South Korean exchange Upbit gets Singapore license
South Korea’s largest cryptocurrency exchange, Upbit, has secured in-principal approval for a major payment institution license from the Monetary Authority of Singapore (MAS).
The license from Singapore’s central bank enables Upbit’s Singapore unit to provide digital asset services legally in the city-state, pending final approval.
Operated by Dunamu, one of South Korea’s most valued startups, Upbit stands as the country’s largest cryptocurrency exchange by trading volumes. The recent in-principal nod further accentuates the exchange’s strategic expansion across the Asia Pacific region. As reported, Upbit has established legally compliant branches in both Indonesia and Thailand.
The major payment institution license in Singapore allows its holders to offer payment services without the conventional transaction volume limitations. The standard cap is set at SG$3 million (US$2.2 million) for monthly transactions for a single service. If offering multiple services, the cap is SG$6 million, along with a daily outstanding e-money maximum of SG$5 million, as specified by MAS.
A potential full approval for Upbit would see the exchange join 15 crypto firms with full digital payment token service licenses from MAS. In October alone, the Singaporean entities for Coinbase, Ripple, and Sygnum Bank all received full license approvals from MAS, increasing the total number of licensed digital payment token service firms to 15.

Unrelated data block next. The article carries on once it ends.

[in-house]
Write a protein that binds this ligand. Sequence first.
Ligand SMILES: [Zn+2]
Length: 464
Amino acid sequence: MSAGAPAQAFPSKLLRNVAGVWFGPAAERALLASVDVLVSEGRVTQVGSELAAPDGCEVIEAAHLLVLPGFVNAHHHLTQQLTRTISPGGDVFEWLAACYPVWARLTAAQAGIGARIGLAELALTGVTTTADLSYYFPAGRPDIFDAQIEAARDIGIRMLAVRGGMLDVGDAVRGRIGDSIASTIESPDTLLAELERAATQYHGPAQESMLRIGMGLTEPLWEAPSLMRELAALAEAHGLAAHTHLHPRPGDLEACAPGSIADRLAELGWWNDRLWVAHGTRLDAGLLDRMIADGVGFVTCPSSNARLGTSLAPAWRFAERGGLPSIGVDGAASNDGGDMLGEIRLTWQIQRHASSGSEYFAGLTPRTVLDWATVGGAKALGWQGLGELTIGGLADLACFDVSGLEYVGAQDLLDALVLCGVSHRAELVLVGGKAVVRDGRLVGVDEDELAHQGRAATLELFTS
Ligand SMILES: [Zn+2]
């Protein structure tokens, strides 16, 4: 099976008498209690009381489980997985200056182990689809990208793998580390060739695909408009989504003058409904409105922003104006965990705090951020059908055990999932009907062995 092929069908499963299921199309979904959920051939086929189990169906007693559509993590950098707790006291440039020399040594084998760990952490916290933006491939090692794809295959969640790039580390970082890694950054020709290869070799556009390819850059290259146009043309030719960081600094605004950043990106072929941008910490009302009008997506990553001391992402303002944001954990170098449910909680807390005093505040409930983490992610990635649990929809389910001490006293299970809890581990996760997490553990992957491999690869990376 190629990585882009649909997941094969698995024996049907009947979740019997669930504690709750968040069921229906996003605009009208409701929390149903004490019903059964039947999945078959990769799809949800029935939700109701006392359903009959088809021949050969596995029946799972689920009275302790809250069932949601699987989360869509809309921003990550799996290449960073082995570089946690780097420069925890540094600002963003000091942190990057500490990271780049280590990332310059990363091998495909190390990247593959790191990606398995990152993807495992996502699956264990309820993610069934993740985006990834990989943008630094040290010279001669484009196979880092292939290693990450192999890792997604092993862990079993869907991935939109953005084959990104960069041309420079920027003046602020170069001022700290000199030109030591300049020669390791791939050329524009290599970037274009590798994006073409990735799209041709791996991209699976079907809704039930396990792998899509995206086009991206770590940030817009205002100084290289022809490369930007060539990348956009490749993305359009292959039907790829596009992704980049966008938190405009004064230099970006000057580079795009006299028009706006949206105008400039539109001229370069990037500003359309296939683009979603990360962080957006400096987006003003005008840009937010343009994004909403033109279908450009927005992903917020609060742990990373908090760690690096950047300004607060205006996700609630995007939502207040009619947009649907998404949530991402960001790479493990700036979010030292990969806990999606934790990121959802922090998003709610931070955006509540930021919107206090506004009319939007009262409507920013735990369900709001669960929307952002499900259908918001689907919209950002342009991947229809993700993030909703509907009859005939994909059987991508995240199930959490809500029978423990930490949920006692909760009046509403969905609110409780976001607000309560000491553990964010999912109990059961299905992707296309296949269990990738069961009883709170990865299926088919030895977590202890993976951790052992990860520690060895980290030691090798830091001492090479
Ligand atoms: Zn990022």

On October 2, Coinbase obtained full approval for its MPI license, with GSR, a crypto trading firm, securing in-principal approval on the same day. Subsequently, Swiss crypto bank subsidiary Sygnum Singapore was granted its full MPI license a day later, and Ripple received its full MPI license on October 4.
Upbit was in the news recently after its offices were raided by prosecutors from the Seoul Southern District Prosecutors Office. The raid was conducted as part of an investigation into the crypto holdings of lawmaker Kim Nam-kuk, news agency Yonhap reported.
Nam-kuk, a member of South Korea’s National Assembly, allegedly liquidated KRW 6 billion ($4.54 million) worth of cryptocurrencies before the implementation of the Financial Action Task Force’s “Travel Rule.” He sold his digital assets without making proper disclosures to the authorities.
Bithumb, one of the cryptocurrency exchanges involved into Kim’s investigation, has indeed faced increased scrutiny from local regulators in South Korea. The exchange has been subject to investigations and regulatory actions due to concerns related to security breaches, inadequate internal controls, and potential violations of financial regulations.